SHA'ATNEZ (Heb. שַׁעַטְנֵז; Gr. κίβδηλος, "counterfeit"), cloth combining wool and linen. Leviticus 19:19 and Deuteronomy 22:11 prohibit the wearing of sha'atnez, in the former passage explained as beged kilʾayim, "cloth made from a mixture of two kinds of material," in the latter passage explained as "wool and linen together." While the meaning of the term is therefore clear, its etymology is obscure, modern speculation ranging from unlikely Hebrew combinations (e.g., saʿarat-aʾnez supposedly meaning "[sheep's] hair-[flax] stalk") to the no more likely Coptic (saht, "woven," nudj, "false" [cf. the LXX]), and vulgar Arabic (shash, "black gauze," ʿatmuz, "strong") derivations. The word looks foreign.
The clothing of the priests was notably exempt from the prohibition of sha'atnez. Exodus 28:6, 8, 15, and 39:29 prescribe that various pieces be made of linen and colored wool interwoven (cf. Kil. 9:1: "Priests wear only wool and linen [i.e. sha'atnez] when they serve in the temple"). This suggests that the general prohibition was grounded on the taboo character of such a mixture, pertaining exclusively to the realm of the sacred (cf. Maimonides' view, below).
The rabbis interpret the word sha'atnez as being a compound standing for shu'a (שׁוּעַ; each thread smoothed out by the process of carding); tavui (טָווּי; each strand spun); and nuz (נוּז; woven or twisted together). The Torah's prohibition against sha'atnez therefore only applies when a strand of wool and one of linen, each carded, spun, and twisted, have been joined together by weaving, sewing, or tying (Kil. 9:8). The rabbis, however, prohibited the wearing of wool and linen even when their threads are simply sewn, tied, or pasted together (Nid. 61b; Rashi to Hor. 11a). The prohibition was extended to include sitting on sha'atnez fabrics although the Torah originally only forbade the wearing of mixed garments (Ta'an. 27b). It is, however, permitted to utilize sha'atnez shrouds for a corpse (Nid. 61b).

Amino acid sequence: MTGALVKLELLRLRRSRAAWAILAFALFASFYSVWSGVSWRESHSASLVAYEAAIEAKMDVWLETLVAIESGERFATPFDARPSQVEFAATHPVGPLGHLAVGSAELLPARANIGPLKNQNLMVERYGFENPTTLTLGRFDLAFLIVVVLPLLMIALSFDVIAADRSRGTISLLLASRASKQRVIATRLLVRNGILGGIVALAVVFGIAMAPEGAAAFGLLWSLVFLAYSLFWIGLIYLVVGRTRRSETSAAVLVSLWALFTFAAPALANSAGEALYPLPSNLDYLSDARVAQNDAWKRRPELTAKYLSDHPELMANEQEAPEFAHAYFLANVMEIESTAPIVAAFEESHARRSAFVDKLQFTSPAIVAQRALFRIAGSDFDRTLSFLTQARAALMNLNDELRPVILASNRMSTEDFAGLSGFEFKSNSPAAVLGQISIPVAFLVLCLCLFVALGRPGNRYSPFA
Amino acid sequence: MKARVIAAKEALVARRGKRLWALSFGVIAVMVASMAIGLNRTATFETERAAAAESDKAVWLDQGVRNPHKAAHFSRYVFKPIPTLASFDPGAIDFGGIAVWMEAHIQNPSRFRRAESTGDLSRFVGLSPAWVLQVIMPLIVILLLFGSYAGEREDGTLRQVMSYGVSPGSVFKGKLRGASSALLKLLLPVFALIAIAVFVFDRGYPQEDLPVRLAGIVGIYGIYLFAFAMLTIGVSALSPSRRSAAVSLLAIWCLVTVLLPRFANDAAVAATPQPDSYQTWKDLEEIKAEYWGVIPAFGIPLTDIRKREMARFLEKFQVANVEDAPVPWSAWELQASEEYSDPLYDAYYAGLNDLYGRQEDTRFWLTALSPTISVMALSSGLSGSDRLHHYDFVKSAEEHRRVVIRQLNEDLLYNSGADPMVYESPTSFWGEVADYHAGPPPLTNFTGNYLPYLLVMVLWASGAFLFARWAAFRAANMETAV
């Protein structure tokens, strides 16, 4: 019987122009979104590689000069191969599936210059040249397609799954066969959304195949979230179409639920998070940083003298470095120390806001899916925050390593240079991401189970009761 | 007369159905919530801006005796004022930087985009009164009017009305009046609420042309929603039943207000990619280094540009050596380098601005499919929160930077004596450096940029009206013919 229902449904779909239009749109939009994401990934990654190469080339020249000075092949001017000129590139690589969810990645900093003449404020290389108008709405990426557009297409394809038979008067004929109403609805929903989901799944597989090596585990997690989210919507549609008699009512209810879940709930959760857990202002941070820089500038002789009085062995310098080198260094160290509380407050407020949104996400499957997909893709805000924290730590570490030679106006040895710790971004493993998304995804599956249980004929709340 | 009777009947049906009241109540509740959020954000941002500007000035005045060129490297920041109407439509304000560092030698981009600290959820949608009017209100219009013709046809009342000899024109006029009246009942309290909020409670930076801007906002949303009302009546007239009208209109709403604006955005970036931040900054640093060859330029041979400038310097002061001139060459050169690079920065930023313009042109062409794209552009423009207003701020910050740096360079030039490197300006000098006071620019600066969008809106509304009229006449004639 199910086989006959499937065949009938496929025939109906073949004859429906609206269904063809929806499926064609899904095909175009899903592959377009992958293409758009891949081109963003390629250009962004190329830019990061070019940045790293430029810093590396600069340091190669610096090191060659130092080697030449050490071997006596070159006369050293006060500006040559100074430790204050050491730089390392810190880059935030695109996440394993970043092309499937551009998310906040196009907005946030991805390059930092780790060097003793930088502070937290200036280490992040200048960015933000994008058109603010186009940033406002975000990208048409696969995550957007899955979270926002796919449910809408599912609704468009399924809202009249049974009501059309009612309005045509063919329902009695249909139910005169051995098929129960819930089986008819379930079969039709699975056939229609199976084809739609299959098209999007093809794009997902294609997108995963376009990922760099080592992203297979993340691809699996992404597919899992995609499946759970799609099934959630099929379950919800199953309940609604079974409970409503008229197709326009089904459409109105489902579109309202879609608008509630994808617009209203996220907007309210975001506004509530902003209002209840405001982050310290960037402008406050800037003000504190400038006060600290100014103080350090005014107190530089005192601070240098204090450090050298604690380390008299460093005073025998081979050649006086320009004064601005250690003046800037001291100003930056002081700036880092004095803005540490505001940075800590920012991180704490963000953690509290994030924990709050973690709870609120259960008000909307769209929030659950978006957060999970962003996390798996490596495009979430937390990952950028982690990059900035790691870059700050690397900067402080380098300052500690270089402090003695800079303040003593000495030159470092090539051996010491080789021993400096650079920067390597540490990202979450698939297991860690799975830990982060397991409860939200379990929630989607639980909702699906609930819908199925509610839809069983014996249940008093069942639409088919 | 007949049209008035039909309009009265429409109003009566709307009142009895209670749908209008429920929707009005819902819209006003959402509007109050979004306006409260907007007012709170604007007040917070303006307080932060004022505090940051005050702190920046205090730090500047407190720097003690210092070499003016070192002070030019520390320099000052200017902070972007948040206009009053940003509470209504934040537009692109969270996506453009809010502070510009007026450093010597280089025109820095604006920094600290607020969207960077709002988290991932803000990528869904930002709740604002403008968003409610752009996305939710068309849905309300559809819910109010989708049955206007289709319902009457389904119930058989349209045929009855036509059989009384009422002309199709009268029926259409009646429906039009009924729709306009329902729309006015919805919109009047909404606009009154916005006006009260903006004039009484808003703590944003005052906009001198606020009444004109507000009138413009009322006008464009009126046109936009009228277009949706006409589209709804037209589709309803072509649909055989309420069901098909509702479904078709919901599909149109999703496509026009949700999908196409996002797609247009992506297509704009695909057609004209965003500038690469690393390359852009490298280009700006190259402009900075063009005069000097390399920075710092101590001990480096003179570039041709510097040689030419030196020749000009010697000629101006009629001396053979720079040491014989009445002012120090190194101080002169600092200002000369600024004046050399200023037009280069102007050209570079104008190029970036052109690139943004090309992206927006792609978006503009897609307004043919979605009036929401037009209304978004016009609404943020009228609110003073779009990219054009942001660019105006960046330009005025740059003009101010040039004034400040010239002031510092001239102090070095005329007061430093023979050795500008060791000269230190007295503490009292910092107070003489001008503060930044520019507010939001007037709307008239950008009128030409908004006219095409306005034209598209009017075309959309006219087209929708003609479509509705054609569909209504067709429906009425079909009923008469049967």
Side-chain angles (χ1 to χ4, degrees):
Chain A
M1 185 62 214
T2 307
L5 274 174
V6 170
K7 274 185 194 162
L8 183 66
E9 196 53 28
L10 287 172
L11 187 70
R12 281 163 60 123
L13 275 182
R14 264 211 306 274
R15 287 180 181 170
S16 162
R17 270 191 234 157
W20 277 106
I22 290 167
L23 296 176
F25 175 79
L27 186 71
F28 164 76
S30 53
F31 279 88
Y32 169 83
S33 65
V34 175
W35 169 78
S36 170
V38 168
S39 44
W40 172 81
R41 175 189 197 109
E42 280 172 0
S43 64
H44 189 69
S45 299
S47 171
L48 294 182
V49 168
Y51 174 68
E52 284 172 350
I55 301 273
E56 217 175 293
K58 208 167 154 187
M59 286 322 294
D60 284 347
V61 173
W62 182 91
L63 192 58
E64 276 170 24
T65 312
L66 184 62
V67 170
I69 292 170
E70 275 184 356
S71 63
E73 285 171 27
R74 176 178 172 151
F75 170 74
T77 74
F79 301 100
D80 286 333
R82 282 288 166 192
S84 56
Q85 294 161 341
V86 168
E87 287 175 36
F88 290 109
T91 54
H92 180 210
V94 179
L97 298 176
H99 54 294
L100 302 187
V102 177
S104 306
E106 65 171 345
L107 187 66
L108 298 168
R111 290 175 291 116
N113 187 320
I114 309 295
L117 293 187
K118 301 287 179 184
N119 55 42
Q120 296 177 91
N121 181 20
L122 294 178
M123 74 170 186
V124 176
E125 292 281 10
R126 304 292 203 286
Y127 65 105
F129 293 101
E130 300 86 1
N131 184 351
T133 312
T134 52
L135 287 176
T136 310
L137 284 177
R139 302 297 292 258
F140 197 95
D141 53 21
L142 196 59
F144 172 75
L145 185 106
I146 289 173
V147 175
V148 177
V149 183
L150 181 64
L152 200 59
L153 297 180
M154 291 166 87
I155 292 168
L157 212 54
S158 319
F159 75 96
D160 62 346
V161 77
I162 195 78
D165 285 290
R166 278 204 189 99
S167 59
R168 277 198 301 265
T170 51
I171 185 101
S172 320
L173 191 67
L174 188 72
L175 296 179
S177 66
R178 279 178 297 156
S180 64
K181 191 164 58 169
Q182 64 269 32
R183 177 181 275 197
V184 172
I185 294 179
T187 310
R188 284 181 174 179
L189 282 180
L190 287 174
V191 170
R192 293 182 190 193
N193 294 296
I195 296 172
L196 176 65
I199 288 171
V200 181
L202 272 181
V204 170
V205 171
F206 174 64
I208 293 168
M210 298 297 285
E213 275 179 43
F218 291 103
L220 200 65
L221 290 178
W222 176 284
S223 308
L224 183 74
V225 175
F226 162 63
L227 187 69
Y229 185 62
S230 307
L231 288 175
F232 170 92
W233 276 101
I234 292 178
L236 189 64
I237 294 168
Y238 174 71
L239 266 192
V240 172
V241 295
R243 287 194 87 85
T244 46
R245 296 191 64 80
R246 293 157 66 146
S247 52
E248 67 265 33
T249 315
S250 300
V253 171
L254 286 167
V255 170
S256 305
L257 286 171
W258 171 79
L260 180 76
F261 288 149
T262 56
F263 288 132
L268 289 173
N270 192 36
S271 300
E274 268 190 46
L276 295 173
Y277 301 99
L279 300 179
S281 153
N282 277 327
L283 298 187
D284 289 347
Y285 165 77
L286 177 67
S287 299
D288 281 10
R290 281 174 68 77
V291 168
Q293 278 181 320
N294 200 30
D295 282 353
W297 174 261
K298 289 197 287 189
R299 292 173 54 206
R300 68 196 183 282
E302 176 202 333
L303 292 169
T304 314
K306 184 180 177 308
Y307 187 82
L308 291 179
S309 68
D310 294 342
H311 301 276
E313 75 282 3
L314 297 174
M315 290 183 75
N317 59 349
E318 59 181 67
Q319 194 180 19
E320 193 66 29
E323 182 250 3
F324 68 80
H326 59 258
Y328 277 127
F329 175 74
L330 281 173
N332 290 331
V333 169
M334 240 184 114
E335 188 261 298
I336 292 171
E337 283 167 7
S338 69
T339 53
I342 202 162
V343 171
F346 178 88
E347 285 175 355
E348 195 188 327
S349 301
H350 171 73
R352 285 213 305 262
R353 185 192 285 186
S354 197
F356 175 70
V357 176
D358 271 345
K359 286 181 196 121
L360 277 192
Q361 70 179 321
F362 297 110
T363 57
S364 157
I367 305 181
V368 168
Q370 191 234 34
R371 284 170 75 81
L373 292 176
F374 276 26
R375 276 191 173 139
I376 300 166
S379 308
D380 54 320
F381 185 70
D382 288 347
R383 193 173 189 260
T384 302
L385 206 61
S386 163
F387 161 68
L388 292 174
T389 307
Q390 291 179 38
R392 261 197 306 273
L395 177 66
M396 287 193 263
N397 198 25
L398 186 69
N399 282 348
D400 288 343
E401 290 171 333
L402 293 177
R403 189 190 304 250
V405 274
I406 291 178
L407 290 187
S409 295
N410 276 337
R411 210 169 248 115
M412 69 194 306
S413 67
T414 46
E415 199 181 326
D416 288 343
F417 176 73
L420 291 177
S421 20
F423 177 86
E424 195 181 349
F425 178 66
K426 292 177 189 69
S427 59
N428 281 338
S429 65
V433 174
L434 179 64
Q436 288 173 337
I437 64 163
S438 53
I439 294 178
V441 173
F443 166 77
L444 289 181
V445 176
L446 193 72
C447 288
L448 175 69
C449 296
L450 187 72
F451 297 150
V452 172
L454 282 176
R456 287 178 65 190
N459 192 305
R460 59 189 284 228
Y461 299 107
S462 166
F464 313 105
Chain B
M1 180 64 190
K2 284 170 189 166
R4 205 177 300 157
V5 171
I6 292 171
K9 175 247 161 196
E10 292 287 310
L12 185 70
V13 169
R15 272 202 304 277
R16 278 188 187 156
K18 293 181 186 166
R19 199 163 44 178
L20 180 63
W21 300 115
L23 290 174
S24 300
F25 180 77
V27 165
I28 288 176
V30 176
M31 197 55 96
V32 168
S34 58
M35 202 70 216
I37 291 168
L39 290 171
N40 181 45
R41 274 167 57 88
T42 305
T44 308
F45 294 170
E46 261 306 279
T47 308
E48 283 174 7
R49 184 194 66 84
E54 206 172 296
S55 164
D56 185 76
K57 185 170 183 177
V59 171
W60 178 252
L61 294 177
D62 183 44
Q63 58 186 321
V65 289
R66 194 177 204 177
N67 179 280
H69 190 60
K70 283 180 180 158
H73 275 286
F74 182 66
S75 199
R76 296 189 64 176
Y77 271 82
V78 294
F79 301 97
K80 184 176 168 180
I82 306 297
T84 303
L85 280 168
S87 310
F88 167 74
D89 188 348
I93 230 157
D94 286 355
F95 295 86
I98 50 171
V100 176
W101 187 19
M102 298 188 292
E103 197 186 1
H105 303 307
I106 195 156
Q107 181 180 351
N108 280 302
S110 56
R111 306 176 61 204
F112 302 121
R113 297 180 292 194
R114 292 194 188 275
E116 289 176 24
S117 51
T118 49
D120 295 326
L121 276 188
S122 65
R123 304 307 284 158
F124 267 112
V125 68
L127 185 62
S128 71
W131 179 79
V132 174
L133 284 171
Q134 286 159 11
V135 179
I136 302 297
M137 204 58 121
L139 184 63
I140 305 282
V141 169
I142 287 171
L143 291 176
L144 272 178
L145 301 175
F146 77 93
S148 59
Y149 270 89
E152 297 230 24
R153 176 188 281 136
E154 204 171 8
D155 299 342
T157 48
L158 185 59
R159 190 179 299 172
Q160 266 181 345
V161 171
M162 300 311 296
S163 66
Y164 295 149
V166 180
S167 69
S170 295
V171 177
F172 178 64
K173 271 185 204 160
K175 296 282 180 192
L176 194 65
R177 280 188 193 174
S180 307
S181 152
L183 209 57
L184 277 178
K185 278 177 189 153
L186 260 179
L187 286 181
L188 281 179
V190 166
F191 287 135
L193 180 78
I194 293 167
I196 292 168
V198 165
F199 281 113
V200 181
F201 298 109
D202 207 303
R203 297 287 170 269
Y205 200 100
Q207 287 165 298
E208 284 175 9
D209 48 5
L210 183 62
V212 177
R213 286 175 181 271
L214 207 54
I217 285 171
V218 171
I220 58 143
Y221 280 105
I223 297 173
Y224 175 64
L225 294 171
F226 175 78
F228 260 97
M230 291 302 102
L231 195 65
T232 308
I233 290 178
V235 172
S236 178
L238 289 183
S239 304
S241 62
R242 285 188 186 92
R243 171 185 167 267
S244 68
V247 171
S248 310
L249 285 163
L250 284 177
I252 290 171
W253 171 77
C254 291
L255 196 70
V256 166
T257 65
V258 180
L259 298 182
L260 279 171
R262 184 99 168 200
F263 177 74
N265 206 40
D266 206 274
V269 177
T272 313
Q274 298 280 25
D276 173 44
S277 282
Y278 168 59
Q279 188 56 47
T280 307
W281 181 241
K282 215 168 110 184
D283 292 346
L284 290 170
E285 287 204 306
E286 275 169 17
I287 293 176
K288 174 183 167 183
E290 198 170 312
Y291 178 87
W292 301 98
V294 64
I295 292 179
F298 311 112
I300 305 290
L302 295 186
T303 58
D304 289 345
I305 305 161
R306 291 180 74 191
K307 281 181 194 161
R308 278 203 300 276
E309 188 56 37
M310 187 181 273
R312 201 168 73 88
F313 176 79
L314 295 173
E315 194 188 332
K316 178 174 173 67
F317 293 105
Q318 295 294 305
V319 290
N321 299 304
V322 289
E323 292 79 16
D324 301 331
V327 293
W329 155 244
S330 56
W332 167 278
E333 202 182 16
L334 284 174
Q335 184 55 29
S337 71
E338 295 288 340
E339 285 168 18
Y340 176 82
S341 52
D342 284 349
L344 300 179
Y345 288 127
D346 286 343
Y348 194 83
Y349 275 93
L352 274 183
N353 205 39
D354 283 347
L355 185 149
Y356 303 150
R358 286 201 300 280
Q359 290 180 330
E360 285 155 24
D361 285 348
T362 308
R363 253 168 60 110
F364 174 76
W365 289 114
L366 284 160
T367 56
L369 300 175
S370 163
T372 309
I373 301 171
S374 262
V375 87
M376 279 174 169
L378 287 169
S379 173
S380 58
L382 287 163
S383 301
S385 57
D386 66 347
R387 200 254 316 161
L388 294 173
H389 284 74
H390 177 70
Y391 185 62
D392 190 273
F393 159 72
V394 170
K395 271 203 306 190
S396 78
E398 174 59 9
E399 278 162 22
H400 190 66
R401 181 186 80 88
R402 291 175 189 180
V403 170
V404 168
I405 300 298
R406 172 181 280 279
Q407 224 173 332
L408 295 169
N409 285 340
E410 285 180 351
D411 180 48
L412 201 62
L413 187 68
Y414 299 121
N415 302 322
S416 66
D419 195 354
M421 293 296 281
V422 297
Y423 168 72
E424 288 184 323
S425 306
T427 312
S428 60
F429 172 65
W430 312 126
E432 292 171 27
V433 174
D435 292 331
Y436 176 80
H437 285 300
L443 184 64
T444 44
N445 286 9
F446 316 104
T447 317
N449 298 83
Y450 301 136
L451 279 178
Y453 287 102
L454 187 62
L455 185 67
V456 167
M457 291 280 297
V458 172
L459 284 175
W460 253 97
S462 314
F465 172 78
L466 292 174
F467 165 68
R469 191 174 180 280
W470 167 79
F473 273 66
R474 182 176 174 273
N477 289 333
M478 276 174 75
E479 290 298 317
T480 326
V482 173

In accordance with the general principle that a positive precept overrides a negative one, it is permitted to attach blue woolen ẓiẓit to a linen garment (Men. 40a). It was likewise permitted for priests to wear garments of mixed texture prescribed by the Torah when performing priestly service in the Sanctuary (Yoma 69a).
Although the prohibition is considered a prime example of a divine statute which has no rational explanation (חוֹק), Jewish thinkers throughout the ages have attempted to rationalize its intent. Maimonides explained that the wearing of mixed garments was forbidden since heathen priests wore such garments (Guide of the Perplexed 3:37). Naḥmanides suggested that the person mixing diverse kinds was guilty of displaying that he was improving upon the species created
by God (Commentary to Lev. 19:19) while S.R. Hirsch saw in this commandment a reminder to man that he must guard his assigned purpose and place in the world just as the species must be distinctly preserved (Commentary to Lev. 19:19, tr. by I. Levy (1958), 534f.).
Elaborate chemical and microscopic tests have been developed to check for the presence of sha'atnez in clothing. In many cities with large Jewish populations, sha'atnez laboratories have been established to check for sha'atnez in garments.